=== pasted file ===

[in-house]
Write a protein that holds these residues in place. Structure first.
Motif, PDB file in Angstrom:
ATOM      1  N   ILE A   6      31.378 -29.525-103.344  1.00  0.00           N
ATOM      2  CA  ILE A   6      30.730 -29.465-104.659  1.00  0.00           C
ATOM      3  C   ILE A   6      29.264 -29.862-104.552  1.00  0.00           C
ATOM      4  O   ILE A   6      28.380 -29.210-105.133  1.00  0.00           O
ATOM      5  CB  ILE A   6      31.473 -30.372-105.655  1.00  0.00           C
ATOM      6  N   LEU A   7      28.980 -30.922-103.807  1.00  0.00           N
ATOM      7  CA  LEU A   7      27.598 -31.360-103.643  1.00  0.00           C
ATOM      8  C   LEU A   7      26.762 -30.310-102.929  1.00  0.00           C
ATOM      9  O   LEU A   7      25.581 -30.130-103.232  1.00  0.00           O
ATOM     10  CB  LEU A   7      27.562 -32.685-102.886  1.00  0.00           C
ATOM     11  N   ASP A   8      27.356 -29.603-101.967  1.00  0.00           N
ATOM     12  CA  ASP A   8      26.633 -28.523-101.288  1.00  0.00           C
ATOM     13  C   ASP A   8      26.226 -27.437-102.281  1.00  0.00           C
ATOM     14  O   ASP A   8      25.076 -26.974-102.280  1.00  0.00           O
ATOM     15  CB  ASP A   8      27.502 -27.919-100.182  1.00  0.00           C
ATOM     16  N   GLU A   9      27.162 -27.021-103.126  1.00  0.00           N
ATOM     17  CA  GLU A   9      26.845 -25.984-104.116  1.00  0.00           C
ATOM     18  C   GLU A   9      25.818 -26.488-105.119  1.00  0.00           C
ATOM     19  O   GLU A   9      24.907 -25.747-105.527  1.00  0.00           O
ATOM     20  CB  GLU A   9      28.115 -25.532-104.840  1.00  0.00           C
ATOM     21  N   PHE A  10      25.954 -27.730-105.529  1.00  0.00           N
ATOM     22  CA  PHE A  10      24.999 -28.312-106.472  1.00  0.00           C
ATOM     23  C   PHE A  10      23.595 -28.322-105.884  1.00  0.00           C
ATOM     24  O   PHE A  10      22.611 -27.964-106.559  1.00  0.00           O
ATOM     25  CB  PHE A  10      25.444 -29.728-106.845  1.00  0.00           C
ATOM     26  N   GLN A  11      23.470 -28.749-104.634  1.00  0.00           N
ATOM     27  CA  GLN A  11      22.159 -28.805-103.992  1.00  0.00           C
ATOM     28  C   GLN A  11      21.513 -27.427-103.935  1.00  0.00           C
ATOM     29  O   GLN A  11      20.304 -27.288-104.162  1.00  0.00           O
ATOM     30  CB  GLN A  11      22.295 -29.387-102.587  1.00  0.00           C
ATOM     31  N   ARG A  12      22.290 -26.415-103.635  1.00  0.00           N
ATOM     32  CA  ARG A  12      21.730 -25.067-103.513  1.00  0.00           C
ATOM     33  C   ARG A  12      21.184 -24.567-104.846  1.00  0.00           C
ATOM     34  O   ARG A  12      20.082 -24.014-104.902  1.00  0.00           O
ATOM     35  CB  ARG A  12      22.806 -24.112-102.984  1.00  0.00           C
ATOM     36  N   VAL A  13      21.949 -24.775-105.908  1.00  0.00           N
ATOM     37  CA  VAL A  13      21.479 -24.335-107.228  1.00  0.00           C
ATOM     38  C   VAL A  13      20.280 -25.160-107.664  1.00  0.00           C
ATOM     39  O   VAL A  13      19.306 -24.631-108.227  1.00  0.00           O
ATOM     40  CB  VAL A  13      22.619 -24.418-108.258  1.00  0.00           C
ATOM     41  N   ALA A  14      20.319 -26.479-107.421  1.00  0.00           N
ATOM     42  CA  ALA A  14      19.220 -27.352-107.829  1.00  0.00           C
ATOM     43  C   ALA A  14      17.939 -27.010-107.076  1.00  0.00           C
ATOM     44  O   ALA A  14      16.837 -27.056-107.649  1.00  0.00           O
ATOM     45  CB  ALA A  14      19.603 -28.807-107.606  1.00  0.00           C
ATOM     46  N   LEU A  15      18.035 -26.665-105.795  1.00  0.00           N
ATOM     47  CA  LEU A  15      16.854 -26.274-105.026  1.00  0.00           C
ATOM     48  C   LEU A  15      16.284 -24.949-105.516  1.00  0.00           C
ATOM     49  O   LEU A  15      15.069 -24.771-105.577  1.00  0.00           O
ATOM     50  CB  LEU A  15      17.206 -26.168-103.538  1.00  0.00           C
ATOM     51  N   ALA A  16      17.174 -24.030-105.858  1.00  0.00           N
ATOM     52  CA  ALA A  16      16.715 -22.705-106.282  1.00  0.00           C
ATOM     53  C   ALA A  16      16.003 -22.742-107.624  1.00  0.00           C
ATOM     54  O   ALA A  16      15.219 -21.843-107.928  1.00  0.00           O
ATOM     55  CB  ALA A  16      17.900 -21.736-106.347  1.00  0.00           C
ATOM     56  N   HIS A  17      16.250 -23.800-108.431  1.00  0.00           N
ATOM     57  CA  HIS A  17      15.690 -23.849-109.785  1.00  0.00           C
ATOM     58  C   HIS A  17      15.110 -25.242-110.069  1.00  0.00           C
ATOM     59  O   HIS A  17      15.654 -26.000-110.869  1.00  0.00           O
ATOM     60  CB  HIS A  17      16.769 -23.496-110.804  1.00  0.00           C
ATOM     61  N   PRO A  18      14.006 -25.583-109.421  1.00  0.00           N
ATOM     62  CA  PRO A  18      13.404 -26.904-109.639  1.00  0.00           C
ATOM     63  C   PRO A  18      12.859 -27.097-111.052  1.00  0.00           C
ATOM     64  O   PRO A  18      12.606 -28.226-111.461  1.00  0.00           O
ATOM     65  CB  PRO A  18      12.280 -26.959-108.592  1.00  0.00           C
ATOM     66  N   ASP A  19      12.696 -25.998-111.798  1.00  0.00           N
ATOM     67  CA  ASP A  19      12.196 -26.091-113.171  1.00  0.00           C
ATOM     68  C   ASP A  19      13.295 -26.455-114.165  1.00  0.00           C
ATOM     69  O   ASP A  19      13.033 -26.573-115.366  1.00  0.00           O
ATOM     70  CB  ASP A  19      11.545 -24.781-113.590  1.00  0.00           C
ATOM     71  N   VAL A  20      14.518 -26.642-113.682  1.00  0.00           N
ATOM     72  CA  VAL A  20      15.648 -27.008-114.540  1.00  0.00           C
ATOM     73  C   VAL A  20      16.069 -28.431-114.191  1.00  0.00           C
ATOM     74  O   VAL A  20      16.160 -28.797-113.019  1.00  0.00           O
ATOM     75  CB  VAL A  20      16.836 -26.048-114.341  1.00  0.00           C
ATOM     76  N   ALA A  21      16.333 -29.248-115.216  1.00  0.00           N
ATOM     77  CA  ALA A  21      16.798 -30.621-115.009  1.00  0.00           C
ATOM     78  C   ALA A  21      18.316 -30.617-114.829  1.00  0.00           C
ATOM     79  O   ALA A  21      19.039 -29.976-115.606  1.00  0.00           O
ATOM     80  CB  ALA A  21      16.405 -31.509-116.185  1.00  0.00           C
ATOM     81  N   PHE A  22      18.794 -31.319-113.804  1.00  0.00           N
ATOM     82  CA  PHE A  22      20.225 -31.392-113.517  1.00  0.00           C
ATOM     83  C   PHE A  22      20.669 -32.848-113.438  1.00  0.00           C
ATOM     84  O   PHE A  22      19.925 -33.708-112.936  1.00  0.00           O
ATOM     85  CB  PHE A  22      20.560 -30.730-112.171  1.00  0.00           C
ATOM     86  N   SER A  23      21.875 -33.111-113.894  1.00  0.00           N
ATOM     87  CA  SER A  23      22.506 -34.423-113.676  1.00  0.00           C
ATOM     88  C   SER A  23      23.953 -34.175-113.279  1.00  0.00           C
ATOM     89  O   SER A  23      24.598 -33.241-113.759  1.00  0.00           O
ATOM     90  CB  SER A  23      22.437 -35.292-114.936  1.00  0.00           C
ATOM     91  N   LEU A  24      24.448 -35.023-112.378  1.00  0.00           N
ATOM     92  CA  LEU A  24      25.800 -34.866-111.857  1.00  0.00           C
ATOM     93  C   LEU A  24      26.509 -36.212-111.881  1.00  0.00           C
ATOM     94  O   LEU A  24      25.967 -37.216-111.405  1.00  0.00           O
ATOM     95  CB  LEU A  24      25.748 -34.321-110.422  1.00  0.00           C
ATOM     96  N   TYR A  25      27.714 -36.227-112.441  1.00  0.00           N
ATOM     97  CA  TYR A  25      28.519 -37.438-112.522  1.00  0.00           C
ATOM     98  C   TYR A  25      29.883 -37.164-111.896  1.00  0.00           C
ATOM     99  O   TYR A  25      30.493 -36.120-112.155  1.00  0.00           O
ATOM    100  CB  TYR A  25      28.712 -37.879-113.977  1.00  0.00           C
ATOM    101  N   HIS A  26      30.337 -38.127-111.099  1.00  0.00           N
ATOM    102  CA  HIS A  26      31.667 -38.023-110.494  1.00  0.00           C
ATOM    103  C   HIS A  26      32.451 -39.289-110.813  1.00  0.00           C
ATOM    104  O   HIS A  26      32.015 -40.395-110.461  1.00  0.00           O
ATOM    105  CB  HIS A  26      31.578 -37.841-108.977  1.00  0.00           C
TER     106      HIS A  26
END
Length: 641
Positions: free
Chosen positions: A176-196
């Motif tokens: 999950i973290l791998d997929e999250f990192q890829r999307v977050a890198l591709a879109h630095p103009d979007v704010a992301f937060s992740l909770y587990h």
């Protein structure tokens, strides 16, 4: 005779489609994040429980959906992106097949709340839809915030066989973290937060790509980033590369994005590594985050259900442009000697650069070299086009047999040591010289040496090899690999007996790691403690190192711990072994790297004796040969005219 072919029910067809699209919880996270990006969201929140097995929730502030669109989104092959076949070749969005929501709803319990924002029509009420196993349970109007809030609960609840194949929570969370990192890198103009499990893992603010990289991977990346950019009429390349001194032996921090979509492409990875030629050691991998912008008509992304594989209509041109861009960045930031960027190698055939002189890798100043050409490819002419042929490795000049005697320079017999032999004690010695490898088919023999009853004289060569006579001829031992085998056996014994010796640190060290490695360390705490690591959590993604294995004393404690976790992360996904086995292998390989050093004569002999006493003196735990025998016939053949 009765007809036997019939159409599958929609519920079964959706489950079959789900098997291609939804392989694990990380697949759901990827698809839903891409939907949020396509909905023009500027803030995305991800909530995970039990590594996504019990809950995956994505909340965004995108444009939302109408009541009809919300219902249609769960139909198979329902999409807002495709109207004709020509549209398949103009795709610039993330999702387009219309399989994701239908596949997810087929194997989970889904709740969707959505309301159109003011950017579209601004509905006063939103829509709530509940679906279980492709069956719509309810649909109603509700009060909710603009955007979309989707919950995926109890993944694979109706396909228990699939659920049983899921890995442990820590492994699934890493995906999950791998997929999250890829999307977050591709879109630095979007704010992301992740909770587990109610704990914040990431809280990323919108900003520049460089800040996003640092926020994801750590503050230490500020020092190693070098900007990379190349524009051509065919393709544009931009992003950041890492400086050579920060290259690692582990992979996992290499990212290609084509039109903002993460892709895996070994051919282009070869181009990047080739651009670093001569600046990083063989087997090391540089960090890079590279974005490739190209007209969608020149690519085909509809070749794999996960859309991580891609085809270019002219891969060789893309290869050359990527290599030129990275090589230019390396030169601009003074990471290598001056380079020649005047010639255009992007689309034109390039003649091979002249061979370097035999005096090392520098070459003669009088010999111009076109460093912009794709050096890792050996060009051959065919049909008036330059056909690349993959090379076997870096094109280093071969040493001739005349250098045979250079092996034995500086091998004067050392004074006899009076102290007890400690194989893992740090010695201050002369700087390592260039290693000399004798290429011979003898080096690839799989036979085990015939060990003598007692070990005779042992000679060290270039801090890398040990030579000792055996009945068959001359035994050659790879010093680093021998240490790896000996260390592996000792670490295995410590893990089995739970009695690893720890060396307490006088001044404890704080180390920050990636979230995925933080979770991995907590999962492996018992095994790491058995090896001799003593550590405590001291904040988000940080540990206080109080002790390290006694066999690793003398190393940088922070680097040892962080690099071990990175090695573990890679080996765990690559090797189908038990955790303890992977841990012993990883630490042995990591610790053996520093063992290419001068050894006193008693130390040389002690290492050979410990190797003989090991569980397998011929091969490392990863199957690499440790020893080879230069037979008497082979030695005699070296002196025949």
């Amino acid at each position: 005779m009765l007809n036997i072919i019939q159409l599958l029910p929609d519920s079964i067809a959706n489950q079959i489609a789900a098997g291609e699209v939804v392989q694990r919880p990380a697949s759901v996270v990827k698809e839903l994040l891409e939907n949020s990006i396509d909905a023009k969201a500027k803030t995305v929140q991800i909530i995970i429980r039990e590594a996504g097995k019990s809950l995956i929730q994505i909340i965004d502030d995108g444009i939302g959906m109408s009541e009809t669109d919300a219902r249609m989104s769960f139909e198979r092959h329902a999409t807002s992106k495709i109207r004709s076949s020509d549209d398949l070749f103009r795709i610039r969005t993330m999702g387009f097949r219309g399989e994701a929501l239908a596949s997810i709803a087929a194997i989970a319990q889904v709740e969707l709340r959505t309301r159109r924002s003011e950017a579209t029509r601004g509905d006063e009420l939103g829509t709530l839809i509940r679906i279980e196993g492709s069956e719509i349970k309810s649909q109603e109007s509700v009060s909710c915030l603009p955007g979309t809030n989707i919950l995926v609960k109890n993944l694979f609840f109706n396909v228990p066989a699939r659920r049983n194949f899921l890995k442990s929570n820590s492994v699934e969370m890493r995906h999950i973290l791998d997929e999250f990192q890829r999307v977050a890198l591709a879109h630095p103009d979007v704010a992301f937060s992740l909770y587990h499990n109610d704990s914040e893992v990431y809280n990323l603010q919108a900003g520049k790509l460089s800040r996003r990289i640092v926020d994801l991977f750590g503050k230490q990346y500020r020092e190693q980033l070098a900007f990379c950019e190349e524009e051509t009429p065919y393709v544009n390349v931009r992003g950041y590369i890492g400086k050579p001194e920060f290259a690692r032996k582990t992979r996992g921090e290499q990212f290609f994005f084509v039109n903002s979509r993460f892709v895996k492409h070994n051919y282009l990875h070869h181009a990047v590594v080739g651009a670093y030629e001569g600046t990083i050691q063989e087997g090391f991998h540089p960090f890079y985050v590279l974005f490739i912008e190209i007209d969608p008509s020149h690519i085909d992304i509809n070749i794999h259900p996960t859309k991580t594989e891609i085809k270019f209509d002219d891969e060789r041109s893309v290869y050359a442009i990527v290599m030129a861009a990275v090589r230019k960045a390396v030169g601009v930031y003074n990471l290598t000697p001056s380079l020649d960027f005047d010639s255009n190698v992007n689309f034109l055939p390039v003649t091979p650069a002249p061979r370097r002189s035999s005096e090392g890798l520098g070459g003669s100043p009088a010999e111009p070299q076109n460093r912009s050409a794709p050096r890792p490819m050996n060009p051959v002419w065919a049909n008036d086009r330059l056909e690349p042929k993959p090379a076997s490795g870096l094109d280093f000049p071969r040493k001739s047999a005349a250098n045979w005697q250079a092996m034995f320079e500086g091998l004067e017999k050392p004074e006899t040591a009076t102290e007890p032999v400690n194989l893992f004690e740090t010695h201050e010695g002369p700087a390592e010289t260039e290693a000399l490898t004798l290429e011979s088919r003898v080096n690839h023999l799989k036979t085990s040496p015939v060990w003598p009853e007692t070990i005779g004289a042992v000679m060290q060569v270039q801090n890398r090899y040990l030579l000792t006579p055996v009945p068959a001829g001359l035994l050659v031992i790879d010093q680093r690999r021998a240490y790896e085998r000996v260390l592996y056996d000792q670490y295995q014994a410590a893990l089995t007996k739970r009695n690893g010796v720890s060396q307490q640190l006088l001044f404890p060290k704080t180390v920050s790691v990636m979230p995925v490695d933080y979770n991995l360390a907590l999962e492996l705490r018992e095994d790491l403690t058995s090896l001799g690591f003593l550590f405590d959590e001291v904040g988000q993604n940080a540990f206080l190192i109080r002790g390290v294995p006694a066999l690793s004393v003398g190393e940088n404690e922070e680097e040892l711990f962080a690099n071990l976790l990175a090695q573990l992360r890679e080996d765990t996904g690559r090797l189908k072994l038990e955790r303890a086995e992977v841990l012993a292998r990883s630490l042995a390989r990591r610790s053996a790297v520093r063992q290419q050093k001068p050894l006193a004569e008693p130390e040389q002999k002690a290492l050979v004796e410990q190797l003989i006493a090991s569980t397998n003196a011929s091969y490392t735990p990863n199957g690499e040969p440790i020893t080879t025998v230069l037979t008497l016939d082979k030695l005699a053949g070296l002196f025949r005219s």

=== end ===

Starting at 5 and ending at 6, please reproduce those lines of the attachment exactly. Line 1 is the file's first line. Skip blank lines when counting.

ATOM      2  CA  ILE A   6      30.730 -29.465-104.659  1.00  0.00           C
ATOM      3  C   ILE A   6      29.264 -29.862-104.552  1.00  0.00           C